Now, don’t get me wrong: I love the three-guitar-chords-and-throat-yelled-raw punk template as much as anyone. A lot of terribly exciting developments have come out of people diving into music without the restriction of conventions like actually knowing how to play their instruments or sing. And yet, lately, I’ve been noticing more and more acts bringing serious jazz or classical backgrounds into wildly eclectic projects playing right along side noise-rock and post-punk bands. The rock band vs. “serious” music divide has been fading for years, and artificial all along, but it still seems like some especially thrilling examples of bands tearing straight through it have come up rather recently.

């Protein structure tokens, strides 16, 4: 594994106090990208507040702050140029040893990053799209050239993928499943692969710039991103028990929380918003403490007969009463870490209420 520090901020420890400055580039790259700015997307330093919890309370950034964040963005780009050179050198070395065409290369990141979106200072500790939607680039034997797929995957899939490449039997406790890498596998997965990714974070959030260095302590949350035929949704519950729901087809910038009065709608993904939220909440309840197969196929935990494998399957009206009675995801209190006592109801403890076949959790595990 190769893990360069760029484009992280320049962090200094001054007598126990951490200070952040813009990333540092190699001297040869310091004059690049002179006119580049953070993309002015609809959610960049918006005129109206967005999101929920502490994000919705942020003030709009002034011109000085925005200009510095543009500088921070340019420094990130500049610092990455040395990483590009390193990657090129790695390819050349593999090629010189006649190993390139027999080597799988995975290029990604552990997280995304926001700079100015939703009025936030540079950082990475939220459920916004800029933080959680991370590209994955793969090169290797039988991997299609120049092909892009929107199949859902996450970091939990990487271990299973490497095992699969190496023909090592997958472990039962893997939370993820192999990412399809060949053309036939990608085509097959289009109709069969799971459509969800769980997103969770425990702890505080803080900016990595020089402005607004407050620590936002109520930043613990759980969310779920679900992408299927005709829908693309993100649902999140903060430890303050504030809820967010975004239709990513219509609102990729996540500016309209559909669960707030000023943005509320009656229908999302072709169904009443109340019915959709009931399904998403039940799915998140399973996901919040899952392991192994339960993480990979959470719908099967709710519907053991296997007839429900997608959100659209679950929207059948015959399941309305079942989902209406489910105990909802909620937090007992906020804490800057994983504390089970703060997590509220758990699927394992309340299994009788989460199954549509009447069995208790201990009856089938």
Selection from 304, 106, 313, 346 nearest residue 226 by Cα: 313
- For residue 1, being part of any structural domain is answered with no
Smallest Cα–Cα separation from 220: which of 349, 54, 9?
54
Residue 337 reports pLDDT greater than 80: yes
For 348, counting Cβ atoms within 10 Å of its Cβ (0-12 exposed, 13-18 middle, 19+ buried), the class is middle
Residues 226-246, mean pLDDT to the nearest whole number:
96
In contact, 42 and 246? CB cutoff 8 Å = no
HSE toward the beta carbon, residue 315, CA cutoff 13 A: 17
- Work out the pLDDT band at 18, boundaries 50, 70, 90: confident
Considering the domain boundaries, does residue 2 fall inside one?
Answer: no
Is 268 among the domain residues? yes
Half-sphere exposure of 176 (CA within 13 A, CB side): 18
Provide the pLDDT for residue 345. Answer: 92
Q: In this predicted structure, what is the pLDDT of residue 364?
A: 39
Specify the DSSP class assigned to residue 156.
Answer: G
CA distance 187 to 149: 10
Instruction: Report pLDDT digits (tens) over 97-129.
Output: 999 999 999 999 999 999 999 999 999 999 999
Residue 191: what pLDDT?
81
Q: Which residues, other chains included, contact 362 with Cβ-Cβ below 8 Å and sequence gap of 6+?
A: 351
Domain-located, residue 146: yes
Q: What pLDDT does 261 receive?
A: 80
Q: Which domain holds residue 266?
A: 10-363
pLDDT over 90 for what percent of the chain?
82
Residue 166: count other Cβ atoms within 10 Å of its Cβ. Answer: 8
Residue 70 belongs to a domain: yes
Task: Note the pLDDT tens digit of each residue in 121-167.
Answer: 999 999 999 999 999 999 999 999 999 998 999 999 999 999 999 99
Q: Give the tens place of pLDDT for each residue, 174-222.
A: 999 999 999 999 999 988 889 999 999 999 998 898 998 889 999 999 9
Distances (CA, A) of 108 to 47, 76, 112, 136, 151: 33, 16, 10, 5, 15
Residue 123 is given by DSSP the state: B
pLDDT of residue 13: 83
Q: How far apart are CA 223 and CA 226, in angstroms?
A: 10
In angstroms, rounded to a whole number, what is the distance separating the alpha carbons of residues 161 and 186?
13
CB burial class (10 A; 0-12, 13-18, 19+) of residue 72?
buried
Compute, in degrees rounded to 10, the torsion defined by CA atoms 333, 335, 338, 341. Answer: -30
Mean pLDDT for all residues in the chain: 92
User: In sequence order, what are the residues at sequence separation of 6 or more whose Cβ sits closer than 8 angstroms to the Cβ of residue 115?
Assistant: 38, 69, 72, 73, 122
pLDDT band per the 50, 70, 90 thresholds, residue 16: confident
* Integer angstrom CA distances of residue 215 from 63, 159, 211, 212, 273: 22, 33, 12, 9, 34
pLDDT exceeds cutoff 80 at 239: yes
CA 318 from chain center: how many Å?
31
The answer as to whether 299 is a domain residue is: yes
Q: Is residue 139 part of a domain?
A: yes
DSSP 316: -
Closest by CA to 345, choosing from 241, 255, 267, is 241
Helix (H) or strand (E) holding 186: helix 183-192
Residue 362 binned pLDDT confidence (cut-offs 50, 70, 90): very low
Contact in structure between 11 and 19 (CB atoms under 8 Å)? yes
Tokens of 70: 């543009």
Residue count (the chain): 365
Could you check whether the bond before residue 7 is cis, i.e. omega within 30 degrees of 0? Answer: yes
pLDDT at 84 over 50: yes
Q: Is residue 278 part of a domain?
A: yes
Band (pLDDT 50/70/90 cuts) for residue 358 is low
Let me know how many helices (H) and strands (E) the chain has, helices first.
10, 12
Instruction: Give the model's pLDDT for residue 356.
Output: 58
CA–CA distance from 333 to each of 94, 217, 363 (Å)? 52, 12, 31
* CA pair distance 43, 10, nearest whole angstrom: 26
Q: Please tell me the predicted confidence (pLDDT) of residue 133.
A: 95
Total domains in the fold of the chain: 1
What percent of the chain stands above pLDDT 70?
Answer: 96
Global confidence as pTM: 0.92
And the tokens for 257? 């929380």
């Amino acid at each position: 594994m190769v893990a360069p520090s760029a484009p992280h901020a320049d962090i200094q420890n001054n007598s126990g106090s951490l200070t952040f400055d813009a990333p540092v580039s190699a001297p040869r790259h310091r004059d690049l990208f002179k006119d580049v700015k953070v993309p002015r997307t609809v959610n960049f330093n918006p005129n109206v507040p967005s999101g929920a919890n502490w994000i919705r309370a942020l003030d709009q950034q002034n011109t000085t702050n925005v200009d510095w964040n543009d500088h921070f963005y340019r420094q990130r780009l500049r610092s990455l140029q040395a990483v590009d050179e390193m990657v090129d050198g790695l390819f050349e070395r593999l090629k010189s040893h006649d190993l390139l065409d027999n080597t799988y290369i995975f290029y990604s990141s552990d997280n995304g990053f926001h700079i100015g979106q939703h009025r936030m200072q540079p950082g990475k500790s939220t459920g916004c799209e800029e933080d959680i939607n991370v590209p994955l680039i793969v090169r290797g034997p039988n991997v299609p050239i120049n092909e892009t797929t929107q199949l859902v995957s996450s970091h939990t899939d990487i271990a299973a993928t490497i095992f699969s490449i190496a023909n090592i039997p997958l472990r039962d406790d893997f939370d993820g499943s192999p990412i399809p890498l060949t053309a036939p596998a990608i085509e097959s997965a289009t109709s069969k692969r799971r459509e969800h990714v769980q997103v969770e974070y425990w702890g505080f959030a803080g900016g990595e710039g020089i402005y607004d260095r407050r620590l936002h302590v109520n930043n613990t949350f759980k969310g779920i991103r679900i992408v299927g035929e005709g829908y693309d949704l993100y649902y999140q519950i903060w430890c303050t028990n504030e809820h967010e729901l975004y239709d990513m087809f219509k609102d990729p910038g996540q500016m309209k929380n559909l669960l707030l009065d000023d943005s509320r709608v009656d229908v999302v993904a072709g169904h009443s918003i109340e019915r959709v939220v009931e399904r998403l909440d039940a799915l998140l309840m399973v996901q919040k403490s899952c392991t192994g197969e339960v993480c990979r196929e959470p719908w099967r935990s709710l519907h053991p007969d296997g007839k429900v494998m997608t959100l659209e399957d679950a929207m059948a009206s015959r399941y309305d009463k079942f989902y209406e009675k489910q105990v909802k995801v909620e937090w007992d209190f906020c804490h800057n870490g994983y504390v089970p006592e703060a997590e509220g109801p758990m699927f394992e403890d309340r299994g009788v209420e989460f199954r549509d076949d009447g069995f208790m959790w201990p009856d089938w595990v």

Brooklyn noise/jazz/classical/rock ensemble Zs is a good example, playing heavy noise stabs and jolting time changes from complicated written scores. Extra Life, the new project of ex-Zs guitarist and frequent song-writer Charlie Looker may be an even better one. The quintet, which incorporates violin and saxophone along with a more traditional rock setup, resembles Zs at its most viscerally involving (many of those compositions were, in fact, Looker’s anyway) but sacrifices none of the complicated timing variation and dissonance. It’d be exciting music alone, but what really tethers these newest songs in place is Looker’s well-trained voice, vaulting up and down the register even within a single word and bringing frayed emotion to the forefront. Comparisons will inevitably be drawn to the Dirty Projectors’ David Longstreth, who practices a similar vocal trick (and also possesses a talent for rendering all genre boundaries meaningless), but Looker’s style seems more rigorous, channeling the monophonic song of medieval religious chant and troubadour tradition. What started out as imitation has apparently now given way to a close study of theory, and the results, with Looker’s voice carrying monolithic weight over the band’s often dissonant lurches and stabs, are strikingly unique.